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Understanding Fructans in Spring Grass
Spring is in full effect which means lush, green pastures! Cool season grasses are rich in protein and carbohydrates which can significantly contribute to your horses’ daily nutrient requirements. Grazing grass pastures/paddocks decreases feed costs and puts “Forage First” which is essential to your horse’s overall wellbeing. However, care must be taken when transitioning a horse from consuming hay over the winter to grazing grass pastures in the spring.

Fructans are a class of carbohydrate that cannot be digested in the small intestine, but are easily fermented in the hindgut. Microbial fermentation produces volatile fatty acids (VFA) which are absorbed and used for energy by the horse. Unfortunately, the concentration of fructans in grasses are highly variable, ranging from 5 to 50% of the grass on a dry matter (DM) basis. Since horses can consume 3% of their body weight in grass (DM) daily while grazing, it’s easy to see how large amount of fructans can be consumed. Overconsumption of fructans leads to large amounts of VFA and lactic acid being produced, resulting in hindgut acidosis. The hindgut microbial population changes due to extreme sensitivity to pH change. Beneficial bacteria die giving opportunity for pathogenic bacteria to flourish, potentially resulting in colic and/or laminitis.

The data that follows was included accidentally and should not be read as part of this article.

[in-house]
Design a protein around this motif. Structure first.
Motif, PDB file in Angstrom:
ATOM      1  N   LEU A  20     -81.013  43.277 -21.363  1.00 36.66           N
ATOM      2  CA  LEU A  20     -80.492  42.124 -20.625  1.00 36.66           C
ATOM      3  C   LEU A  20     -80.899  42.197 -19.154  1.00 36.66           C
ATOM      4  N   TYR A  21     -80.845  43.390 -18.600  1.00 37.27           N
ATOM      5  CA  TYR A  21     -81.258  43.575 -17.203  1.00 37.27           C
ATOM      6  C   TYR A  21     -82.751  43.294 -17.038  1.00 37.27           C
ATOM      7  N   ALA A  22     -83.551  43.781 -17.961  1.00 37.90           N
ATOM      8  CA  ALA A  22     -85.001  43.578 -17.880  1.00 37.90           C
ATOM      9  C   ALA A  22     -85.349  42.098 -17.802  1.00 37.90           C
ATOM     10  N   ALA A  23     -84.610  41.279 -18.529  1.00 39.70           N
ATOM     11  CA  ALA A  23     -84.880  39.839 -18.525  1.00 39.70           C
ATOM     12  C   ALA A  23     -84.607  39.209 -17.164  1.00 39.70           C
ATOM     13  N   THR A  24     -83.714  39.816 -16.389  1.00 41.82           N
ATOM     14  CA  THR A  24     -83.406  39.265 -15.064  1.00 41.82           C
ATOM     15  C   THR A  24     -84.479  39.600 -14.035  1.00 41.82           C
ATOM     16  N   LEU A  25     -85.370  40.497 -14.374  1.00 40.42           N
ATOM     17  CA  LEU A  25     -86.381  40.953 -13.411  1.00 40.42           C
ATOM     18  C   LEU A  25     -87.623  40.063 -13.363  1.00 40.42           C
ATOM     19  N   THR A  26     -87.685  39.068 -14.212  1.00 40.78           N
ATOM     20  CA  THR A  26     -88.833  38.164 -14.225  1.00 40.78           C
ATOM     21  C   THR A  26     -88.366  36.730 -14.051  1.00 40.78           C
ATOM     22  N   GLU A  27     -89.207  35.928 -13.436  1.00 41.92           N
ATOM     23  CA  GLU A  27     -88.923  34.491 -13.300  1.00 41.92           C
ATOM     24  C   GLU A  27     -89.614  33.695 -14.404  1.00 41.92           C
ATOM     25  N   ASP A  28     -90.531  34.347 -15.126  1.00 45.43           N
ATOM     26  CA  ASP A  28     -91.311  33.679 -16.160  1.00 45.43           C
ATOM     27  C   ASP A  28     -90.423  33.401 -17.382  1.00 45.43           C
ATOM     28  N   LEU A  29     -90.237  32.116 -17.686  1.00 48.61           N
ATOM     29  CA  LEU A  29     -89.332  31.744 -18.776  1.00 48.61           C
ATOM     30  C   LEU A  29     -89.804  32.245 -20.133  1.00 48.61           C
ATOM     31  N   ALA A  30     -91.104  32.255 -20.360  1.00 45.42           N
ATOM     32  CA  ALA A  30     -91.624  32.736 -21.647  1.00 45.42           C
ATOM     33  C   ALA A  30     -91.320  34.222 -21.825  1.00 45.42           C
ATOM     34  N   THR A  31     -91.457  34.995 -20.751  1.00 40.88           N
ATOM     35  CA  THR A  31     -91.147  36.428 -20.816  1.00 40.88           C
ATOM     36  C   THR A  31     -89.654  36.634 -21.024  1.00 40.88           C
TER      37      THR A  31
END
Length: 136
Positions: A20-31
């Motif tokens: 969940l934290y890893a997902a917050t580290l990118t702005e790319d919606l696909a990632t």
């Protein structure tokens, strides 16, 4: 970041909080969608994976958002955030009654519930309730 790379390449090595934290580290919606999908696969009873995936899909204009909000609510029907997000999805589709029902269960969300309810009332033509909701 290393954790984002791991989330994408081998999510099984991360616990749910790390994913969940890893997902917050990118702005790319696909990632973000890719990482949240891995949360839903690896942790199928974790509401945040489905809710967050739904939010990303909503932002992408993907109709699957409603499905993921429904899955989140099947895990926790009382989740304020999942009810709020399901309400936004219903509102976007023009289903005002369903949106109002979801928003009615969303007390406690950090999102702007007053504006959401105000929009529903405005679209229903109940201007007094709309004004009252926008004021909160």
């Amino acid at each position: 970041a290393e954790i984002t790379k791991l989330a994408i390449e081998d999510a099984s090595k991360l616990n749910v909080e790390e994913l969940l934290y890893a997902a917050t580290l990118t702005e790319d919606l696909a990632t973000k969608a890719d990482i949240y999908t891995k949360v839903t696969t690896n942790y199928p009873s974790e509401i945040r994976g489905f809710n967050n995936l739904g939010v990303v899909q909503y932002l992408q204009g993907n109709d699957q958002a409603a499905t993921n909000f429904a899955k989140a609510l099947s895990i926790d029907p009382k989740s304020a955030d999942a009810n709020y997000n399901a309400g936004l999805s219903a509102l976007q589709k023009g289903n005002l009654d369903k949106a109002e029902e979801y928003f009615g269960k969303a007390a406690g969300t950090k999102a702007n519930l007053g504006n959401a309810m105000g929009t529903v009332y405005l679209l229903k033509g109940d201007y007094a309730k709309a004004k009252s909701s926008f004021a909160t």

Several steps can be taken to help reduce the risks associated with fructans in spring grasses. First, restrict the time spent grazing during early spring and fall. Begin the season with several, short grazing sessions each day, gradually increasing the number and length of each session. This allows the microflora of the hindgut to adapt to increasing fructans. Horses are perfectly capable of handling large amounts of fructans but only if a gradual adaption occurs. Most gastric disturbances are a result of sudden dietary changes. Second, use a grazing muzzle. This slows down your horse’s consumption rate to help mitigate overconsumption. Third, when days are warm and nights are cool (< 40°F), limit grazing sessions to the morning. Fructans are produced via photosynthesis and will be highest during the day and evening.